Wednesday, May 08, 2019

Cedar Point Nursery v. Shiroma (9th Cir. - May 8, 2019)

Judge Paez's majority opinion today is spot on.

In California, a union can potentially get access to seasonal agricultural workers (e.g., to try to unionize them) by giving notice to the employer that they want to go on the field for an hour before work and/or an hour after work to talk with the workers.  The theory behind this rule is that it's often hard to otherwise gain access to these employees, who (necessarily) often work in different fields on different days, etc.

The plaintiffs in this case are employer/landowners who claim that this California regulation is an unconstitutional per se taking.  On the theory that it's authorizes an express trespass on their land.  So, they say, they're entitled to compensation.

I'm somewhat sympathetic to this position, at least as a purely legal matter.  It is, after all, a trespass, and it's definitely their land.  Just as I wouldn't want a stranger coming on my land, I can get why an employer doesn't necessarily want strangers coming on theirs.  The right to exclude being a huge part of the relevant bundle of sticks, as it were.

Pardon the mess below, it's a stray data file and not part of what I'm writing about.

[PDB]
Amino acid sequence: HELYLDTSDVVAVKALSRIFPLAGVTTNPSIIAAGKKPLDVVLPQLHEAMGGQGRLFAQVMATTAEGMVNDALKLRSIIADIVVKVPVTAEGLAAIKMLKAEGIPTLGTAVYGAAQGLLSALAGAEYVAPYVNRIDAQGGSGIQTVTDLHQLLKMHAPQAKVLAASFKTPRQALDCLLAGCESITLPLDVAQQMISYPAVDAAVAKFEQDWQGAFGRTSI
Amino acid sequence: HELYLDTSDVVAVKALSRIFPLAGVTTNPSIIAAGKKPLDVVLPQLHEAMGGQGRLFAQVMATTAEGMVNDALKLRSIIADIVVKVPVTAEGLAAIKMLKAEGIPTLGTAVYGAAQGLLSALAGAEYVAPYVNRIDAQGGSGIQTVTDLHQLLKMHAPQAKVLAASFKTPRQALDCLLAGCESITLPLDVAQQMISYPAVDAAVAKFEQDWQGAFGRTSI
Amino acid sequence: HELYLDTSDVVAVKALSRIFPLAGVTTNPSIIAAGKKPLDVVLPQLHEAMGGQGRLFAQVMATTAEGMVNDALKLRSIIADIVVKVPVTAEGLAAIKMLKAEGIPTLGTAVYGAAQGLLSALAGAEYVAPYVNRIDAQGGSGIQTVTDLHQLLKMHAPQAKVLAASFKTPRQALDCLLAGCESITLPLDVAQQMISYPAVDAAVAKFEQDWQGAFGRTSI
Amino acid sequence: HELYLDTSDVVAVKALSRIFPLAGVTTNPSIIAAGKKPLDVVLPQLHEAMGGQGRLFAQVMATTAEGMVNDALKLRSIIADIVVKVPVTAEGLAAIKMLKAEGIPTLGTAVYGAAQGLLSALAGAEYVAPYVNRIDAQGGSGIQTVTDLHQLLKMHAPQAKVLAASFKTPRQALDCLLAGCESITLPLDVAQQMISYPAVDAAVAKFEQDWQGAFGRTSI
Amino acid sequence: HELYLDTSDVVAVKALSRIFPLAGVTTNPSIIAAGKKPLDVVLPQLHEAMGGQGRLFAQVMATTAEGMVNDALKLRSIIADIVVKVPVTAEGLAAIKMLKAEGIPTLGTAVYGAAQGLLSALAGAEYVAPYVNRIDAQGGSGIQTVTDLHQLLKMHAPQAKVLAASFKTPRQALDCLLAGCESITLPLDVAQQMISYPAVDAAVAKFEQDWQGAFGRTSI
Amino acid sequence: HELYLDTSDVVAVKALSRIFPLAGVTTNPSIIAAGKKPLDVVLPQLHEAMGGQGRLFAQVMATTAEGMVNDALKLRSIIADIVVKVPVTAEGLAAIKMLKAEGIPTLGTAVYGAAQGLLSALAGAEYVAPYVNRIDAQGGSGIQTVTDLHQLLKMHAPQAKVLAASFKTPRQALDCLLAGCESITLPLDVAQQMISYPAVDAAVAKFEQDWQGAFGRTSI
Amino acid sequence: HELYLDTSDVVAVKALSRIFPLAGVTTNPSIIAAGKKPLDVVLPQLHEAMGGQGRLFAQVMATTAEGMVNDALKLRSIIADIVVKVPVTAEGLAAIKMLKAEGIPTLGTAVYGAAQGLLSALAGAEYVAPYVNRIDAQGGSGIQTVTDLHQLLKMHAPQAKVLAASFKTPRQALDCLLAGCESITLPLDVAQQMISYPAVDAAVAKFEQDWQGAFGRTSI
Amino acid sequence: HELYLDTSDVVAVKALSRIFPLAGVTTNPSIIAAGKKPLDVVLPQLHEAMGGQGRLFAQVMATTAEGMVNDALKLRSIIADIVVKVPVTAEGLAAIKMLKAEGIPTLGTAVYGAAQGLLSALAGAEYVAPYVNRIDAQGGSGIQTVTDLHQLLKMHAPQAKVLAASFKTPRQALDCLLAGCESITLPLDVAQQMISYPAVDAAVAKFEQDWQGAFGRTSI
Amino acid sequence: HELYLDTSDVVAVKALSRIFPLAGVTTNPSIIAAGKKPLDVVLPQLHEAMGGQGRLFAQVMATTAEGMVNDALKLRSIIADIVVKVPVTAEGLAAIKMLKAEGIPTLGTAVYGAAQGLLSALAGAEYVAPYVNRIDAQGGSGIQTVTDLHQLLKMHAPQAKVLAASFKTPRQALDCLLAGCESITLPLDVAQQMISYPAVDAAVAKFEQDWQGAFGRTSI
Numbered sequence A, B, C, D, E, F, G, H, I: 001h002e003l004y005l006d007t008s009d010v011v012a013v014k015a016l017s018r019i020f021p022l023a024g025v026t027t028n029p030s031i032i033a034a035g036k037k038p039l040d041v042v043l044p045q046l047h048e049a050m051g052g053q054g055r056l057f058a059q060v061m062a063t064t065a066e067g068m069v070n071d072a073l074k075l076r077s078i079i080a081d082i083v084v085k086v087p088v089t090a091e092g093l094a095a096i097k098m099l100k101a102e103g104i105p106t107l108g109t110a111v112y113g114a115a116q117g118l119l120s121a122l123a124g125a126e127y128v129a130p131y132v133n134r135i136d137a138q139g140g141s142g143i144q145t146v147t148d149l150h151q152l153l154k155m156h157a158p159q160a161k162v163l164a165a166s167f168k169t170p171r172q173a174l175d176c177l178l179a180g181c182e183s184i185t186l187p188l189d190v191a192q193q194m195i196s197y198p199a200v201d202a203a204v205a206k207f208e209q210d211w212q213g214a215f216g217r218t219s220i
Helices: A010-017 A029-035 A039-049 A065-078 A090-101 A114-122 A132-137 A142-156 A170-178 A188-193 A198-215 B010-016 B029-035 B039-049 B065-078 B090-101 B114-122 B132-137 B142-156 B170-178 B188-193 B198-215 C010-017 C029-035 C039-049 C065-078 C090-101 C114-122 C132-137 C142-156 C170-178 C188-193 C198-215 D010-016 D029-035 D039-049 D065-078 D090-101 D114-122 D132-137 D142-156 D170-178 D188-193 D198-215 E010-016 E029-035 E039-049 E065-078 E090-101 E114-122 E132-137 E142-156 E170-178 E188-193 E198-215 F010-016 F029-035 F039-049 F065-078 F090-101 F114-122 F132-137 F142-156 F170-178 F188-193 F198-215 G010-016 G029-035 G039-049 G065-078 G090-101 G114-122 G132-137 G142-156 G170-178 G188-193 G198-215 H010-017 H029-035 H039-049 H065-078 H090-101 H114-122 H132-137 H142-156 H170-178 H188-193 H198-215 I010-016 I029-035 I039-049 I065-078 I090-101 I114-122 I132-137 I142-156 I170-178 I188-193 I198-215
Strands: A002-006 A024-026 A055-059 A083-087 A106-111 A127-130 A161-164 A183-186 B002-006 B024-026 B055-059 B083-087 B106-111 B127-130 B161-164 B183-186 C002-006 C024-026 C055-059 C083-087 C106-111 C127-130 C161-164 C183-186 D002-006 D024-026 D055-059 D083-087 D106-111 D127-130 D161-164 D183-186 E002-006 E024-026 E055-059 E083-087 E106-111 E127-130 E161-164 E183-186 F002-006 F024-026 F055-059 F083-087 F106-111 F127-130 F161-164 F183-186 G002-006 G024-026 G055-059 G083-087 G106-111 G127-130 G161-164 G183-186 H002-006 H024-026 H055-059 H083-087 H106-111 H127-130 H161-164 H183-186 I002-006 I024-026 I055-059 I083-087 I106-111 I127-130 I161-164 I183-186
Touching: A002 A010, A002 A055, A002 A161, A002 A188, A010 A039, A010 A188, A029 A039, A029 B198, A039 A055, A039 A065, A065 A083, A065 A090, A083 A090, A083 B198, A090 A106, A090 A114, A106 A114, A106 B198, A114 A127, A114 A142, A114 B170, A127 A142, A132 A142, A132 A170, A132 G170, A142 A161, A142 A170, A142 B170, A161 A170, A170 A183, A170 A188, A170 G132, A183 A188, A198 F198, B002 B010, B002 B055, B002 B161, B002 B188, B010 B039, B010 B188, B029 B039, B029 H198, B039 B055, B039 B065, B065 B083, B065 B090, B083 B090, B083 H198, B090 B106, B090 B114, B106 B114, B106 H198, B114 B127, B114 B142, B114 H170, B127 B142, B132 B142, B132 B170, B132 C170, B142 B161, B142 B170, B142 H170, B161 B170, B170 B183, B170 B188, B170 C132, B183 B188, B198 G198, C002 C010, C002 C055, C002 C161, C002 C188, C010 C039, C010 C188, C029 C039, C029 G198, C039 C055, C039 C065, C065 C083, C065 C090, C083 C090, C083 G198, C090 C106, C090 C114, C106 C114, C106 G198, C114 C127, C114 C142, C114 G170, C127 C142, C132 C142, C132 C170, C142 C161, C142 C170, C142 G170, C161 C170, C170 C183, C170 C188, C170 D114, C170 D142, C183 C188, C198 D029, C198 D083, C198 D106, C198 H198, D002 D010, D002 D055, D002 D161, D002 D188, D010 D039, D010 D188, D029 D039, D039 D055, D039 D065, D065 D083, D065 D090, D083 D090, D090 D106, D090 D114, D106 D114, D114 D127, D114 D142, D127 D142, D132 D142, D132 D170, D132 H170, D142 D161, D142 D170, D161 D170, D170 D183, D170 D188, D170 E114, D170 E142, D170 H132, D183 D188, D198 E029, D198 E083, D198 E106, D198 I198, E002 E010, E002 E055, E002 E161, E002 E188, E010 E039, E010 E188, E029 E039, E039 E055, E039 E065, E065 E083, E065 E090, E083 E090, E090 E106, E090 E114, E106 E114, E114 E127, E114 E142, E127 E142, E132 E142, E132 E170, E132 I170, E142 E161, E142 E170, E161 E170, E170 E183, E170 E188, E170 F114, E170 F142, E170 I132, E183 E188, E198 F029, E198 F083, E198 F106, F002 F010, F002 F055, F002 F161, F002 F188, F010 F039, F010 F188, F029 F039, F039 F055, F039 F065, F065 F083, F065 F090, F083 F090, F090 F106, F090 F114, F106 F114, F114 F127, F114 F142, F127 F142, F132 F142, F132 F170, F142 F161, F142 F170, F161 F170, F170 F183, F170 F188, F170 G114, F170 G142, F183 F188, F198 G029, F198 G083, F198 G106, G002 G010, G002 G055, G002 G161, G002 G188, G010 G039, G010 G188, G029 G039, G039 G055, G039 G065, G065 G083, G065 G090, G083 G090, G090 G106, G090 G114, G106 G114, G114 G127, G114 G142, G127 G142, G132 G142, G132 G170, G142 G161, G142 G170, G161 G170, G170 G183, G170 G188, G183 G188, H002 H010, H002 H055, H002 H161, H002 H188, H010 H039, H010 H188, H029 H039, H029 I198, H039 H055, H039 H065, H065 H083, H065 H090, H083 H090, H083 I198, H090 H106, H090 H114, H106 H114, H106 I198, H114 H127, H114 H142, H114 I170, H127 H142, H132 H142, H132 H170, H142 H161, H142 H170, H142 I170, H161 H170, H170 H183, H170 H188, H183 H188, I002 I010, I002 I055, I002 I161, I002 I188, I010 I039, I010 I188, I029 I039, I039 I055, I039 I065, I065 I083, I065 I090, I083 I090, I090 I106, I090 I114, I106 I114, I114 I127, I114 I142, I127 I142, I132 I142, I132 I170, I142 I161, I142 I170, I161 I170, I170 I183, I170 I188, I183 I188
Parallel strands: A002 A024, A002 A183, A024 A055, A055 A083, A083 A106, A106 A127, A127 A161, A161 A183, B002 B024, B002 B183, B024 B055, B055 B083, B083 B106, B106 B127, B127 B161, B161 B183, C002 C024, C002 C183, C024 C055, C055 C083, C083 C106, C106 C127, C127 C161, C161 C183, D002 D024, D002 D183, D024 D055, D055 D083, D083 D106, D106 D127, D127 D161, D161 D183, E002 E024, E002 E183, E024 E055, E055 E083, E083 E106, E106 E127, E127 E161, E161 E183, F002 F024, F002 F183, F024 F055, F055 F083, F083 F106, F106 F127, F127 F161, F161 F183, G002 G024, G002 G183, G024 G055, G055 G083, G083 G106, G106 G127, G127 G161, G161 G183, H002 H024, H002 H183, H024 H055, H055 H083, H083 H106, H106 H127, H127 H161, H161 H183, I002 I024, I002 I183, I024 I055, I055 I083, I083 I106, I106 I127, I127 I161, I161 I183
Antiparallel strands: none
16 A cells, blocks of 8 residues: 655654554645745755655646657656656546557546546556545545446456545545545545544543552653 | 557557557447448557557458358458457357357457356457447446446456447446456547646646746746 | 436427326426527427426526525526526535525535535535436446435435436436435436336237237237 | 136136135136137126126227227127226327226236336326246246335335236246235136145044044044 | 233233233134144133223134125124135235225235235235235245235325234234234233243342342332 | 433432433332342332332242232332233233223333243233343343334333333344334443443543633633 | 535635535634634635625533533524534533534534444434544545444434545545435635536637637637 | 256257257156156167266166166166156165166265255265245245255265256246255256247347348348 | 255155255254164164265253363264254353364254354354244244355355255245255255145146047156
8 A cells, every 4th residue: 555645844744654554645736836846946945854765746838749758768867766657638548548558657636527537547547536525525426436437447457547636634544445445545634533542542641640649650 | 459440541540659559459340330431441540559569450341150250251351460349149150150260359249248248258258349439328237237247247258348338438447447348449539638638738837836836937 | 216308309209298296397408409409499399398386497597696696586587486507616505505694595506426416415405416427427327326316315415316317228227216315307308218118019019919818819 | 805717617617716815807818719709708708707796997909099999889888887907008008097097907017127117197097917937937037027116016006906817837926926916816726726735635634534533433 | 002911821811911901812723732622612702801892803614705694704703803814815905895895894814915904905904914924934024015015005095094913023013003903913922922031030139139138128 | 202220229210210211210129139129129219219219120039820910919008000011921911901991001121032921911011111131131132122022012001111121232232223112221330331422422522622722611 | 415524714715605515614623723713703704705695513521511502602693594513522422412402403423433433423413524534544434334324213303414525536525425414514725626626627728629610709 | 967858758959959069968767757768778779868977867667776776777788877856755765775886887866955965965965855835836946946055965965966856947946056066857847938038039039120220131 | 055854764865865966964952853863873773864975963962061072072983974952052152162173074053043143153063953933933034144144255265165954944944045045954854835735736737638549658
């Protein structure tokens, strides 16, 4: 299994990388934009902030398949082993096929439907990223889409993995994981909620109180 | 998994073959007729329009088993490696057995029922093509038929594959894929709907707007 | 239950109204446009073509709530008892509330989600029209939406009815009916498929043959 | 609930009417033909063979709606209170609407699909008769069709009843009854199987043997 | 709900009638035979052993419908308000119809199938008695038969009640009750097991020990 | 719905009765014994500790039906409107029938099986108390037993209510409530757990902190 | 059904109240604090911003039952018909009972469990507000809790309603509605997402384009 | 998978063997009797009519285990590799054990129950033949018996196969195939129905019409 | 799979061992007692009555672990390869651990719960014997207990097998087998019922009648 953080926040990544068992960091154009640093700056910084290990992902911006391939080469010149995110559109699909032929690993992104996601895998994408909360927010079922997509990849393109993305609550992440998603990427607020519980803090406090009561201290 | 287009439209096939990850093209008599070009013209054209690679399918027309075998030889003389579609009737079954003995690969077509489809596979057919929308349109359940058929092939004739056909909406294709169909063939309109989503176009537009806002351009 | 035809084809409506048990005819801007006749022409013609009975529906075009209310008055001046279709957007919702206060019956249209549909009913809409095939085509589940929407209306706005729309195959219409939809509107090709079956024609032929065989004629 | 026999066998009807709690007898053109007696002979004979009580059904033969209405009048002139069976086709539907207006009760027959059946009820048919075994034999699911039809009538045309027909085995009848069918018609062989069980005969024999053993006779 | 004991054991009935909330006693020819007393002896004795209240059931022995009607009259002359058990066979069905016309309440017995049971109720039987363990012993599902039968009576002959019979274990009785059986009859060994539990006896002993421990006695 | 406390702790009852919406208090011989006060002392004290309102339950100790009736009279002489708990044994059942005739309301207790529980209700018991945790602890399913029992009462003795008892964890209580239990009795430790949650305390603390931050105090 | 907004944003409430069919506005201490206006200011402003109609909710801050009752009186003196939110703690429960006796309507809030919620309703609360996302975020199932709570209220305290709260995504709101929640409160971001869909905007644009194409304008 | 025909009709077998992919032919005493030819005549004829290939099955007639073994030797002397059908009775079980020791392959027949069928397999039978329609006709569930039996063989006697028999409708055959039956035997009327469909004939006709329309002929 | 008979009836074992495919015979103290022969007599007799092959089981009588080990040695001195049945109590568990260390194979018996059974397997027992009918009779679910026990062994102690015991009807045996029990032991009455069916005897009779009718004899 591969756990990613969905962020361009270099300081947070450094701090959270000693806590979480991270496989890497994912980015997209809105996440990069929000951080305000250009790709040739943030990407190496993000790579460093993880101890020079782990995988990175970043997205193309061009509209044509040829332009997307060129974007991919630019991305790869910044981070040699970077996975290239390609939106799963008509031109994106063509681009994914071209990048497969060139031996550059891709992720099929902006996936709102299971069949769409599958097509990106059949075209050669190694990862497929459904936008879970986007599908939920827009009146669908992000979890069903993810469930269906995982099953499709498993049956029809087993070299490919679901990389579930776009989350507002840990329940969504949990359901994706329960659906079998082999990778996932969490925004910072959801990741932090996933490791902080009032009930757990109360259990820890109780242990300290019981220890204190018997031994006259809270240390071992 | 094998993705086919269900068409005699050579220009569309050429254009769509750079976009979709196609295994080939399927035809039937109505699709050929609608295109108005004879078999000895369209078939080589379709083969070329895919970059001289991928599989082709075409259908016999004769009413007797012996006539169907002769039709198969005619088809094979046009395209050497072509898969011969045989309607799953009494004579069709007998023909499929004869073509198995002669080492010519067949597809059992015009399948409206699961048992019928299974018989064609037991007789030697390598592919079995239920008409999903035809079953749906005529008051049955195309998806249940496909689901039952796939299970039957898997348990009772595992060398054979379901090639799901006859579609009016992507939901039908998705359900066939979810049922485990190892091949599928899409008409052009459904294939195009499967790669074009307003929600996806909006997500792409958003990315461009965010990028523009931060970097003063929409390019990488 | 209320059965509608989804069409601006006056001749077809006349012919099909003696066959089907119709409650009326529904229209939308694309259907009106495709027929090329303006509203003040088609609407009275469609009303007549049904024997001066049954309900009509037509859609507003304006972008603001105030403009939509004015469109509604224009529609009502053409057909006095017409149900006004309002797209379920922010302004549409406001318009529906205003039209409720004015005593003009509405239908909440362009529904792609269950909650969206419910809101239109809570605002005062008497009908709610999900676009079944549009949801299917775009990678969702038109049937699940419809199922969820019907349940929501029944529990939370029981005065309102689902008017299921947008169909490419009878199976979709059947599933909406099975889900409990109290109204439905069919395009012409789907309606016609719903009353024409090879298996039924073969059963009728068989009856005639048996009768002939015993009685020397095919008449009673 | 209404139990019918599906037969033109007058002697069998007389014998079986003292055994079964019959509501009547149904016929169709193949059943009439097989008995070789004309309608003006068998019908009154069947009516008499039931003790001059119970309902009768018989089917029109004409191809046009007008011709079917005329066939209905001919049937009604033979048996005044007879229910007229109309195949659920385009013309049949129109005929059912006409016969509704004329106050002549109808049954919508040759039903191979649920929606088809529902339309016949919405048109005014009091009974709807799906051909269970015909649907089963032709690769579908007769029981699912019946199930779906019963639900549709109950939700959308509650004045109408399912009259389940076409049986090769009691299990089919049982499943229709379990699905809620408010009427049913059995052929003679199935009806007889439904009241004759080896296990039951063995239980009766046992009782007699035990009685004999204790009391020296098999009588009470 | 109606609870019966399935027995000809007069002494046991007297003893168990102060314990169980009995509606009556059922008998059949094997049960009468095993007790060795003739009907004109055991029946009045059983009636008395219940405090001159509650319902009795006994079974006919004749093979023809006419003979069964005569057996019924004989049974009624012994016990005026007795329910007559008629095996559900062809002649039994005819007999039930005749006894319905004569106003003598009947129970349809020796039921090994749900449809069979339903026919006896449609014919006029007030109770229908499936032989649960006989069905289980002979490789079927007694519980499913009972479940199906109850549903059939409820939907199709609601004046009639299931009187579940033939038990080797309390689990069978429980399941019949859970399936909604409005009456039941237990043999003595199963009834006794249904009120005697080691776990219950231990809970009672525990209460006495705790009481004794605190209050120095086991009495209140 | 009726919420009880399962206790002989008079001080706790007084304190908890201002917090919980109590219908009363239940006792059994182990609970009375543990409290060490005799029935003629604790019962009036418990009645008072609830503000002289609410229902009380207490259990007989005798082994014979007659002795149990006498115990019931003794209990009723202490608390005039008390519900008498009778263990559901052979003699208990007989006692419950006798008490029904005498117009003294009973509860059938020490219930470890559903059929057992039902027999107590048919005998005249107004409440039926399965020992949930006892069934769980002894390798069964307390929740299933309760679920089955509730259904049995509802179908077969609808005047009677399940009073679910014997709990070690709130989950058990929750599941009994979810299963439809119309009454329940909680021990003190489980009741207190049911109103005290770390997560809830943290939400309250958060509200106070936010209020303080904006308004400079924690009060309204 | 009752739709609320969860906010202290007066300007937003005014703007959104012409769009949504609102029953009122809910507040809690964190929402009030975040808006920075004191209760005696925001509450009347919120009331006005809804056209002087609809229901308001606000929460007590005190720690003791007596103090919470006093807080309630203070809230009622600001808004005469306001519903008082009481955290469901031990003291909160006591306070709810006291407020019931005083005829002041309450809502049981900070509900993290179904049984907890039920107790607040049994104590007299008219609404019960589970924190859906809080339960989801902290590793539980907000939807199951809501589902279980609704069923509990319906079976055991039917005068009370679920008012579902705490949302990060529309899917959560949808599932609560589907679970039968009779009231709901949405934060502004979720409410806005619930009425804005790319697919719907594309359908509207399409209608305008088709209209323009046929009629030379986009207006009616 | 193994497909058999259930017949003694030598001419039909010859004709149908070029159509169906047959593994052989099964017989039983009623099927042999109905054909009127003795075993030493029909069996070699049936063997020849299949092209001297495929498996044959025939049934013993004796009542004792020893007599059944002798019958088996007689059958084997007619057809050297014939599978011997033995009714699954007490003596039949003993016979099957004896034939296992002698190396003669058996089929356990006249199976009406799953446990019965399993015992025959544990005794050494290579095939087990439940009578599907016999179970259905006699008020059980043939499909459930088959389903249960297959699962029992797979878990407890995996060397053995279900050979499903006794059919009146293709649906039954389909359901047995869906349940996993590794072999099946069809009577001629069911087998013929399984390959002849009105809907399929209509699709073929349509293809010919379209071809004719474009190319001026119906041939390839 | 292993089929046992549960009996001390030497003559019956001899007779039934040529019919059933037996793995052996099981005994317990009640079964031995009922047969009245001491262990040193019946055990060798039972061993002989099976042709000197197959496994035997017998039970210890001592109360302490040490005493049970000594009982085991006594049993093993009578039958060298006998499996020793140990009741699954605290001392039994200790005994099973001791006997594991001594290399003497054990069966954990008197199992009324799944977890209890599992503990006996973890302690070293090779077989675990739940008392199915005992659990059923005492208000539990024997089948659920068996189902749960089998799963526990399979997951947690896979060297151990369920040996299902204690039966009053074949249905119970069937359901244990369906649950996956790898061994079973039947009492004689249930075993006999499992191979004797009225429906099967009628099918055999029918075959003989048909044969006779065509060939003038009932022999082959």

But here's the thing:

Plaintiffs bring a claim for a per se taking.  That's a big deal.  Only particular types of things are per se takings.  The first is “where government requires an owner to suffer a permanent physical invasion of her property--however minor."  But the regulation at issue definitely isn't a permanent physical invasion of property.  It's limited in time (an hour before and after work) as well as frequency (four times a year).  Clearly that's not a permanent physical invasion.  The other type of per se taking is when a governmental act “completely deprives an owner of ‘all economically beneficial us[e]’ of her property.”  That too is obviously inapplicable here, since the landowner can (and does) still use the property to productively farm notwithstanding the temporary intrusion.

Everything else may potentially be a "regulatory taking" that's subject to mandatory compensation, but it's governed by a different legal test.  It's not per se.  And plaintiffs make it crystal clear that they are only interested in bringing a per se claim, and refuse to amend their complaint to allege anything less.

Okay.  So be it.  Maybe there's a regulatory takings claim.  Though, on that test, the limited nature of the intrusion -- and the public interest in favor of it -- maybe not.  But if that claim -- the one that may perhaps have legal merit -- isn't one that the plaintiffs are interested in bringing, then this case should be resolved exactly as Judge Paez does.  Notwithstanding Judge Leavy's dissent to the contrary.